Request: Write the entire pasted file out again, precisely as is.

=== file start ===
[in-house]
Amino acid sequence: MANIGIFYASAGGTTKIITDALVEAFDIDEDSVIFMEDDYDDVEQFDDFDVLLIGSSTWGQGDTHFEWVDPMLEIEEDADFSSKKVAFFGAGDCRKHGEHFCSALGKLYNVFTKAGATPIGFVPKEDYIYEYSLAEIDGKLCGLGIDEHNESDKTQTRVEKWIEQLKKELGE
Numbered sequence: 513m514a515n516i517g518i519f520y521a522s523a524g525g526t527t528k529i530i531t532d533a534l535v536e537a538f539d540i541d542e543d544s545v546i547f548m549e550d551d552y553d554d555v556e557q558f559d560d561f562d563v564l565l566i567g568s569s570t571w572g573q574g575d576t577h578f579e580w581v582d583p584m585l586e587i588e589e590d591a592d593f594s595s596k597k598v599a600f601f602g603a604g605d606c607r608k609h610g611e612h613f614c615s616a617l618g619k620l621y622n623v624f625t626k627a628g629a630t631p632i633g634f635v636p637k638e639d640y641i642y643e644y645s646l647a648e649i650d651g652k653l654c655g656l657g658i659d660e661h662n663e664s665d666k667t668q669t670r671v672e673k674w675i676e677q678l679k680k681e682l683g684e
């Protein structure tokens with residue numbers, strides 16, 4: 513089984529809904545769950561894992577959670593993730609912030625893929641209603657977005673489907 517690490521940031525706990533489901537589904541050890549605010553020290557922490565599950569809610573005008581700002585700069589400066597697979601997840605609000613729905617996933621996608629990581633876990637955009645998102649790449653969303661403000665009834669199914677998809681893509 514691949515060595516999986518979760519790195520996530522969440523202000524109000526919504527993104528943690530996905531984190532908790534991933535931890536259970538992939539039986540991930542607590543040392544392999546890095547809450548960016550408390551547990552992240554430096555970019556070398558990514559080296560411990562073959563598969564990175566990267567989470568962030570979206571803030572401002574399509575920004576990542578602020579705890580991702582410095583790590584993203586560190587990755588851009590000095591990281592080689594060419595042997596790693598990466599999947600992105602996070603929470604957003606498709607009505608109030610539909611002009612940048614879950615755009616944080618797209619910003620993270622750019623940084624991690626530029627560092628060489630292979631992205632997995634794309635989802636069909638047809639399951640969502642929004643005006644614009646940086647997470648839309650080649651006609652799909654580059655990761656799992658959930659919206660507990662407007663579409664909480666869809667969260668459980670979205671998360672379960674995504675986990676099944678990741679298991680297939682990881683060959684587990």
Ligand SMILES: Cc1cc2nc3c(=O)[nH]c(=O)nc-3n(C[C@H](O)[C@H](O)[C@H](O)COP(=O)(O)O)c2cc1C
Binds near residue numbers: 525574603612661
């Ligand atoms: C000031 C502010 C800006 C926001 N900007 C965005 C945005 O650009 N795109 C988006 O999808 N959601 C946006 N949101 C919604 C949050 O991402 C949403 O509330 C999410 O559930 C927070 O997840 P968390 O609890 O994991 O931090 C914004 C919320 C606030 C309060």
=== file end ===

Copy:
[in-house]
Amino acid sequence: MANIGIFYASAGGTTKIITDALVEAFDIDEDSVIFMEDDYDDVEQFDDFDVLLIGSSTWGQGDTHFEWVDPMLEIEEDADFSSKKVAFFGAGDCRKHGEHFCSALGKLYNVFTKAGATPIGFVPKEDYIYEYSLAEIDGKLCGLGIDEHNESDKTQTRVEKWIEQLKKELGE
Numbered sequence: 513m514a515n516i517g518i519f520y521a522s523a524g525g526t527t528k529i530i531t532d533a534l535v536e537a538f539d540i541d542e543d544s545v546i547f548m549e550d551d552y553d554d555v556e557q558f559d560d561f562d563v564l565l566i567g568s569s570t571w572g573q574g575d576t577h578f579e580w581v582d583p584m585l586e587i588e589e590d591a592d593f594s595s596k597k598v599a600f601f602g603a604g605d606c607r608k609h610g611e612h613f614c615s616a617l618g619k620l621y622n623v624f625t626k627a628g629a630t631p632i633g634f635v636p637k638e639d640y641i642y643e644y645s646l647a648e649i650d651g652k653l654c655g656l657g658i659d660e661h662n663e664s665d666k667t668q669t670r671v672e673k674w675i676e677q678l679k680k681e682l683g684e
């Protein structure tokens with residue numbers, strides 16, 4: 513089984529809904545769950561894992577959670593993730609912030625893929641209603657977005673489907 517690490521940031525706990533489901537589904541050890549605010553020290557922490565599950569809610573005008581700002585700069589400066597697979601997840605609000613729905617996933621996608629990581633876990637955009645998102649790449653969303661403000665009834669199914677998809681893509 514691949515060595516999986518979760519790195520996530522969440523202000524109000526919504527993104528943690530996905531984190532908790534991933535931890536259970538992939539039986540991930542607590543040392544392999546890095547809450548960016550408390551547990552992240554430096555970019556070398558990514559080296560411990562073959563598969564990175566990267567989470568962030570979206571803030572401002574399509575920004576990542578602020579705890580991702582410095583790590584993203586560190587990755588851009590000095591990281592080689594060419595042997596790693598990466599999947600992105602996070603929470604957003606498709607009505608109030610539909611002009612940048614879950615755009616944080618797209619910003620993270622750019623940084624991690626530029627560092628060489630292979631992205632997995634794309635989802636069909638047809639399951640969502642929004643005006644614009646940086647997470648839309650080649651006609652799909654580059655990761656799992658959930659919206660507990662407007663579409664909480666869809667969260668459980670979205671998360672379960674995504675986990676099944678990741679298991680297939682990881683060959684587990």
Ligand SMILES: Cc1cc2nc3c(=O)[nH]c(=O)nc-3n(C[C@H](O)[C@H](O)[C@H](O)COP(=O)(O)O)c2cc1C
Binds near residue numbers: 525574603612661
């Ligand atoms: C000031 C502010 C800006 C926001 N900007 C965005 C945005 O650009 N795109 C988006 O999808 N959601 C946006 N949101 C919604 C949050 O991402 C949403 O509330 C999410 O559930 C927070 O997840 P968390 O609890 O994991 O931090 C914004 C919320 C606030 C309060």